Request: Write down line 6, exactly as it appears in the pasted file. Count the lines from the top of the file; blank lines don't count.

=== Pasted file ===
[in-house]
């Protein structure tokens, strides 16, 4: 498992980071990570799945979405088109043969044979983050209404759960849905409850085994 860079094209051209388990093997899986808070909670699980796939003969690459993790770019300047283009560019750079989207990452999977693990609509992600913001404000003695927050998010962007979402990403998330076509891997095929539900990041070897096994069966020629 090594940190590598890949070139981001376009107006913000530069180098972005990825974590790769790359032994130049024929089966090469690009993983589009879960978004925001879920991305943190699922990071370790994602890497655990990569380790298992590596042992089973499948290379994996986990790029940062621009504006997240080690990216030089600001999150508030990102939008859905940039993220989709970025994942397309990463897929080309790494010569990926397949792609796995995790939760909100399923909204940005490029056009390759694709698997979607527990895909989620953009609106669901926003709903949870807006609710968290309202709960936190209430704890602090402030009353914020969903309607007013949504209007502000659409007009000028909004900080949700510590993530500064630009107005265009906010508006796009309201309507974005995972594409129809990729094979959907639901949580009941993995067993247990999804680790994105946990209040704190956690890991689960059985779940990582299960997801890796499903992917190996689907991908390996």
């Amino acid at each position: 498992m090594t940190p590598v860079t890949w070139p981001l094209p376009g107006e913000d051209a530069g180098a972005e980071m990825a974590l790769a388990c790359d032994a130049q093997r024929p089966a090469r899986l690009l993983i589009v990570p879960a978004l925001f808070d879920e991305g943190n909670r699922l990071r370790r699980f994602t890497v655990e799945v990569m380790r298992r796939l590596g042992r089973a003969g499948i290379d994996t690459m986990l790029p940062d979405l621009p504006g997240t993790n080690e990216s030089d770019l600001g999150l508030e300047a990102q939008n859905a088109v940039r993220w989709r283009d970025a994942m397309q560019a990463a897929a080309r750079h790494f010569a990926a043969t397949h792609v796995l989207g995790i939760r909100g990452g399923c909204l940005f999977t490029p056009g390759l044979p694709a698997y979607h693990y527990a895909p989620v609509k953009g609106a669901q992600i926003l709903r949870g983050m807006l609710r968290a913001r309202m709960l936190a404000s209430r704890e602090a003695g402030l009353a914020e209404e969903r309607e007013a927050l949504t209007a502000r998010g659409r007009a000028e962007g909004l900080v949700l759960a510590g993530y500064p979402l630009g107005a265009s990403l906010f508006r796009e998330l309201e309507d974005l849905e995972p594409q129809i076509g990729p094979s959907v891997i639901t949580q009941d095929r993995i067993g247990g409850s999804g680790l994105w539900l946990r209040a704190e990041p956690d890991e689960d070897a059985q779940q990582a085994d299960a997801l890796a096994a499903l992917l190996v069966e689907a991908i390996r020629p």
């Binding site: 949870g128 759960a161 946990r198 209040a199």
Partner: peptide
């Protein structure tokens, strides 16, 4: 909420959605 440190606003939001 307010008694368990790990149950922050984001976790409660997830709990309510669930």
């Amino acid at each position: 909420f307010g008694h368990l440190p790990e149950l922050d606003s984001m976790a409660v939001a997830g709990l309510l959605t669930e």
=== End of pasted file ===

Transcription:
């Protein structure tokens, strides 16, 4: 909420959605 440190606003939001 307010008694368990790990149950922050984001976790409660997830709990309510669930």